Nikki's Reviews > The Shop on Blossom Street

The Shop on Blossom Street by Debbie Macomber
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's review
Jan 22, 2012

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bookshelves: fiction, not-so-trashy-trashy-novels, books-set-in-washington
Read in January, 2012

Sometimes, after reading a long historical novel fraught with disasters or a dark detective tale -- never mind the news of the day -- you just need a light and enjoyable story. In just such a mood I picked up The Shop on Blossom Street, the first of Macomber's series about a Seattle yarn shop. Since my daughters are knitters, my most recent (far too long ago) trip to Seattle included stops in quite a few yarn shops, so I was familiar with this milieu. (I don't knit, but I like to look at all the colors.)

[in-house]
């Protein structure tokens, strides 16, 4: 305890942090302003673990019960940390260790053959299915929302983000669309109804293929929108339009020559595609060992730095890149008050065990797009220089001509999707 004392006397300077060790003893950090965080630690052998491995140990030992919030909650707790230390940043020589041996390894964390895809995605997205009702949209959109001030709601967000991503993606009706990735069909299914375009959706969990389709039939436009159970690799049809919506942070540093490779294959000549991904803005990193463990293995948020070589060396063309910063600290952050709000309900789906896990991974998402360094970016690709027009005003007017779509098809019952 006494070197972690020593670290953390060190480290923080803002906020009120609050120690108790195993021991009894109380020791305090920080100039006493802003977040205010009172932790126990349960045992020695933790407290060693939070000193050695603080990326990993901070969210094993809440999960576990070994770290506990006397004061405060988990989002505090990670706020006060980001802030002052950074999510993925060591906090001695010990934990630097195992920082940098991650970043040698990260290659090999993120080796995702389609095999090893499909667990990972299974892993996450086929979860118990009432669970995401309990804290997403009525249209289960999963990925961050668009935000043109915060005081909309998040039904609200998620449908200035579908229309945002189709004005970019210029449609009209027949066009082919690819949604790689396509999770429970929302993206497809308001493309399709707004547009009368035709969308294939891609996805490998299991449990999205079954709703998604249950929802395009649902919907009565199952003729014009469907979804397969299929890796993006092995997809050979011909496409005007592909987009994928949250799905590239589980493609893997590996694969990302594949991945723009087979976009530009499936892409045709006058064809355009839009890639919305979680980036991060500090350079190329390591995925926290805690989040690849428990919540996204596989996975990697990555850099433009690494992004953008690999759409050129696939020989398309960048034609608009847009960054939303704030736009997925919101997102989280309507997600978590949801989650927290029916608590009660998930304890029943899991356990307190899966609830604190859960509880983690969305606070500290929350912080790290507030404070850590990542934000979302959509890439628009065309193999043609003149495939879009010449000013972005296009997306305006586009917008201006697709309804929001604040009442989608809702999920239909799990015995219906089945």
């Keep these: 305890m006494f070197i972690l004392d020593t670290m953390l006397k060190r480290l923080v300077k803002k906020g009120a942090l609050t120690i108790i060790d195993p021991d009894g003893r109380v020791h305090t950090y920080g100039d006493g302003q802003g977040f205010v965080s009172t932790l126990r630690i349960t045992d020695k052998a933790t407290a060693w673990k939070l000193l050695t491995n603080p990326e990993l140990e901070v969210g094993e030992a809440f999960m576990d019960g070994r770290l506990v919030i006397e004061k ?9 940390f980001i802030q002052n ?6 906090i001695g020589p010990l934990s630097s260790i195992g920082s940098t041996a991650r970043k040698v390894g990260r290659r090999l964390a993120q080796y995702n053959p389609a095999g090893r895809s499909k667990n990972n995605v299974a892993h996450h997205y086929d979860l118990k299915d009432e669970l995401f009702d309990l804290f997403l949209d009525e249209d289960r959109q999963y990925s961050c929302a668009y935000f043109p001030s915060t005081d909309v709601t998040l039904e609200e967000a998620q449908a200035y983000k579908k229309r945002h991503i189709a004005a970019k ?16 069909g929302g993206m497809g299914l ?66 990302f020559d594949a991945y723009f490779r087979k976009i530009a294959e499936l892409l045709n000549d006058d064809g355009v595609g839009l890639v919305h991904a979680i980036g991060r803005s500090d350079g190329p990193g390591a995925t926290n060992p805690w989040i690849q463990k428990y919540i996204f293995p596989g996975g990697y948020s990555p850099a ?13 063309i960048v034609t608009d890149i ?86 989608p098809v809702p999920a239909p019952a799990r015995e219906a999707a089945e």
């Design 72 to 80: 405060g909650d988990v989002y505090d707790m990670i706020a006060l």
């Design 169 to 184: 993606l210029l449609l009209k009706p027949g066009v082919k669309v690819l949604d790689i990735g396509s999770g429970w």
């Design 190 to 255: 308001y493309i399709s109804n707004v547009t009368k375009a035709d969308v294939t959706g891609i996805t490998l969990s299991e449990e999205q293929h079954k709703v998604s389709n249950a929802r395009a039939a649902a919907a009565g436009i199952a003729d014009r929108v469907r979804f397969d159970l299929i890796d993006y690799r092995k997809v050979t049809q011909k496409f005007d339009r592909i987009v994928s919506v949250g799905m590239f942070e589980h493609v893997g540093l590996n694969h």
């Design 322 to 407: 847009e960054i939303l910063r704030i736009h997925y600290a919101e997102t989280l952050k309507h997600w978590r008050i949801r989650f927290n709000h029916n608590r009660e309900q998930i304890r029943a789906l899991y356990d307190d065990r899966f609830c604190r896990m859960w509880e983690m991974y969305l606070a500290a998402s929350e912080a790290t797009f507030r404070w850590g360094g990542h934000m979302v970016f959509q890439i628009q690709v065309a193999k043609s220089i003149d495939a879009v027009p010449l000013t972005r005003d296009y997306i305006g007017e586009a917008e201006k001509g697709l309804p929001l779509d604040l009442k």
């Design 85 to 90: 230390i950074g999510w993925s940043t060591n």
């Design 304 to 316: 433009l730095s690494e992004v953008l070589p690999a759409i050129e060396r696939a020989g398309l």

What I enjoy about Macomber's books, of which I've read two or three a year for the past few years, is that she always injects a healthy dose of reality into the romance. In this case, her 30-ish protagonist is a two-time cancer survivor who has recently lost her father. Her life has been on hold for far too much of the time since her first diagnosis at age 16, and she takes a giant leap in opening a yarn shop in a transitional urban neighborhood. To get things going, she offers a knitting class on making a baby blanket. The three women who sign up all have different reasons for wanting to make one. One is a young married woman with fertility problems, desperate for a baby; one is a society matron whose only son's "unsuitable" wife has just announced her pregnancy; and one is a street-smart, prickly video store clerk who will donate the blanket to the Linus Project as part of her court-mandated community service hours. The ways these women interact, the friendship they find, and how they help solve each other's problems in surprising ways make for a quite enjoyable read. Yes, they find romance too, but it seems that the community of women is the main focus of the book. The Seattle setting is evocative without being a travelogue. I'll probably pick up the next in the series the next time I need a break. Recommended for people who like this kind of book.

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